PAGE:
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Title page for ETD etd-08152018-113434


Type of Document Master's Thesis
Author Johnson, Jazette Monique
Author's Email Address jazette.johnson@gmail.com
URN etd-08152018-113434
Title RESD: Steps Towards Improving The Design of Reminder Systems for Older Adults with Dementia using Eye Trackers
Degree Master of Science
Department Interdisciplinary Studies: Human Computer Interaction
Advisory Committee
Advisor Name Title
Nilanjan Sarkar, Ph.D. Committee Chair
Keivan Sta Committee Member
Maithilee Kunda Committee Member
Keywords
  • assistive technology
  • human computer interaction
  • reminders
  • eye trackers
  • attention
  • dementia
Date of Defense 2018-08-03
Availability restricted
Abstract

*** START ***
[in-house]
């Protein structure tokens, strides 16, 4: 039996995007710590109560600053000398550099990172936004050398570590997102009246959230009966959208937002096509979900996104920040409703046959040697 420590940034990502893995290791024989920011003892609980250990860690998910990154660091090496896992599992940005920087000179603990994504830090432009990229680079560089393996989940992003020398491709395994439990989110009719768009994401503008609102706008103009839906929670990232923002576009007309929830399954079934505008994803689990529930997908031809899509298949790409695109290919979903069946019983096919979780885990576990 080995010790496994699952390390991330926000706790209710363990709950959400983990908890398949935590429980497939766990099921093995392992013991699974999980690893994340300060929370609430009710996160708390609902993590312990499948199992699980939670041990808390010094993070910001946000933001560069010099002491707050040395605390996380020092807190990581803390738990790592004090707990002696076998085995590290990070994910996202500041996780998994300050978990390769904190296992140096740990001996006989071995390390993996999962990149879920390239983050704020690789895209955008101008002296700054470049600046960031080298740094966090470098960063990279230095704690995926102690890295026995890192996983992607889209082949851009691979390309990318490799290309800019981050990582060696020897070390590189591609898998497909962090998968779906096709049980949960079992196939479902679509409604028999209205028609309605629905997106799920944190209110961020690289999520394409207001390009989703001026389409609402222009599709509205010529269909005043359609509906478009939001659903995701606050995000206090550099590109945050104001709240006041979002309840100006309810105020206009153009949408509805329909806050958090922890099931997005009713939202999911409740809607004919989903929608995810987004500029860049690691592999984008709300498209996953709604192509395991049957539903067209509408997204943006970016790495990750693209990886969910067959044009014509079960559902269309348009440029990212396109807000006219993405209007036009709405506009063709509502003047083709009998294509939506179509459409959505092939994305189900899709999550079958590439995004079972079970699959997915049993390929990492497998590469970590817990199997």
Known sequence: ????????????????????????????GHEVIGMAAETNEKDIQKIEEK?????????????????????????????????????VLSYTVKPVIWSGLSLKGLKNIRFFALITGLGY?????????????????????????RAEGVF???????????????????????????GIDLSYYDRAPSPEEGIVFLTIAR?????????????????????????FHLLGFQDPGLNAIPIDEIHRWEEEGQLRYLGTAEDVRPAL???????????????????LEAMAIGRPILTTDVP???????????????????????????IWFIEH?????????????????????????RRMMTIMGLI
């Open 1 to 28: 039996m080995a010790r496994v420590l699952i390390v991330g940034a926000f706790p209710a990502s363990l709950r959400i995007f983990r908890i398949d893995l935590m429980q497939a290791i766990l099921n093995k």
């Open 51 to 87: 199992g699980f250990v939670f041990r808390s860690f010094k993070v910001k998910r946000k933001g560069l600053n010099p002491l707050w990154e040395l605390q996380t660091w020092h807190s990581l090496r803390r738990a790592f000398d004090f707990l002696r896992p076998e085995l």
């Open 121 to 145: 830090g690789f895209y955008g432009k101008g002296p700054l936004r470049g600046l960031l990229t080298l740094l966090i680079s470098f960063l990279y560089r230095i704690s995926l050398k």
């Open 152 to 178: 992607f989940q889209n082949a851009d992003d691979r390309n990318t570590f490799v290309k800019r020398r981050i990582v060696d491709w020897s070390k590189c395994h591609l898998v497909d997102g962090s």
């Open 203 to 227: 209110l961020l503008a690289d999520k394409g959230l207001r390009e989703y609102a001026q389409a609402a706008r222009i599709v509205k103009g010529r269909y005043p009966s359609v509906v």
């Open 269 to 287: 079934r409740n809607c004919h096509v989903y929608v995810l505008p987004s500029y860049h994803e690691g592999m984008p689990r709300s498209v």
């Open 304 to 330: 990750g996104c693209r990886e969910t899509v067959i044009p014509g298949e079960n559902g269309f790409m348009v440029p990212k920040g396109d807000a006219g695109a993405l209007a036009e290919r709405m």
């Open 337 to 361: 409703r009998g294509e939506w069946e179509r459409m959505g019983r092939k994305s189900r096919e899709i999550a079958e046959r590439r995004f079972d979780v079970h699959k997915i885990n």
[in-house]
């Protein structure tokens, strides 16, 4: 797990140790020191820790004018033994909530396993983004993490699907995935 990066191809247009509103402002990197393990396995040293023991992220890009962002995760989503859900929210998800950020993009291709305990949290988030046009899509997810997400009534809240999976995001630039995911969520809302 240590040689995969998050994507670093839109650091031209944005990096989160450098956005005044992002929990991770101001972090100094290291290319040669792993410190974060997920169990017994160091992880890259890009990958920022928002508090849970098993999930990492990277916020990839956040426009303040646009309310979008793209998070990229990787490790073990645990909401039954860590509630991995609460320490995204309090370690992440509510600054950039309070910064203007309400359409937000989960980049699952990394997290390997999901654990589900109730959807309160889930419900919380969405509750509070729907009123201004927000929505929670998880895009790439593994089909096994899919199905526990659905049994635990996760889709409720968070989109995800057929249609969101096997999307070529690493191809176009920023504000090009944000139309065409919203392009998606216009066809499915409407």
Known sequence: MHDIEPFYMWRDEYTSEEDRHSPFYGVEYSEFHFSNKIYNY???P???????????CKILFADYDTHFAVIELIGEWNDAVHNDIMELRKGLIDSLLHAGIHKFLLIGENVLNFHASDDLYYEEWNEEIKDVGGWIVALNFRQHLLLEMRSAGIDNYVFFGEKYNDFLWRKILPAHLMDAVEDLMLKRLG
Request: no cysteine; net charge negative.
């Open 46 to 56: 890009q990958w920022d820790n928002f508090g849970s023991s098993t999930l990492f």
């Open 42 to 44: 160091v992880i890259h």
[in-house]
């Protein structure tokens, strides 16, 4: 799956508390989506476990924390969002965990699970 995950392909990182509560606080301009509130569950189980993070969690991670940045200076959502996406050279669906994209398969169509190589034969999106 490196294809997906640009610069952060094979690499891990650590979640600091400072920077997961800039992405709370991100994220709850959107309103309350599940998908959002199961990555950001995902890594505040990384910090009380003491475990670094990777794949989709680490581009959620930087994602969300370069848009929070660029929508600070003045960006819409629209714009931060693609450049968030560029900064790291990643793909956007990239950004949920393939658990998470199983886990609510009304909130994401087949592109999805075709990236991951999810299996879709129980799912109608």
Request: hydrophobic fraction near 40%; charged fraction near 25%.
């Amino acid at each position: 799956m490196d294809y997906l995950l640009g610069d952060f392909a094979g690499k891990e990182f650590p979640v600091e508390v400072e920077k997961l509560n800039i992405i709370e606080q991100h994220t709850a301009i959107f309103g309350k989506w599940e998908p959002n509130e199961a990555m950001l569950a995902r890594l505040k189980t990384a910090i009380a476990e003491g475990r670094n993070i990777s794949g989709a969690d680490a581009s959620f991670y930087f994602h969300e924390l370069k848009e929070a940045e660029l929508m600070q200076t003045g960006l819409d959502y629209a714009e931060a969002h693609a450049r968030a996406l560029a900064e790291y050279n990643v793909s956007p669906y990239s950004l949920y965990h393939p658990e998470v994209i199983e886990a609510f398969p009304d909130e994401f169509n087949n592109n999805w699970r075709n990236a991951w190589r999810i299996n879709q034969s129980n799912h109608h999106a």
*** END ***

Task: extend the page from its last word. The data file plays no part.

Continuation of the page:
Assistive technology (AT) refers to technology used to aid, increase, or improve the capabilities of people with disabilities. AT for older adults with cognitive impairments, such as Alzheimer’s Disease (AD) and other dementias has advanced tremendously with researchers further developing monitoring systems for wandering, reminder systems, and therapy applications to improve the quality of life for these older adults. AD is a disease of the brain that causes long-term memory loss, confusion, irritability, aggression, and difficulty with speech in those who suffer with the disease. Technology developed for older adults with AD has many limitations to address and improvements to be made. Researchers have tested how successful reminder system are at giving reminders, but many do not test how reminders affect the participant’s daily life. For instance, are older adults with AD 1) able to accomplish more tasks because of these reminder, 2) are the reminders being acknowledged by the older adult, or 3) has the older adult successfully attempted to complete the task the reminder gave? This research is step towards improving the way reminder systems for older adults with early stages of AD are developed by first understanding how older adults acknowledge reminders using eye trackers. A game system was developed to monitor the attention and performance of older adults using an eye tracker and a mouse tracker.
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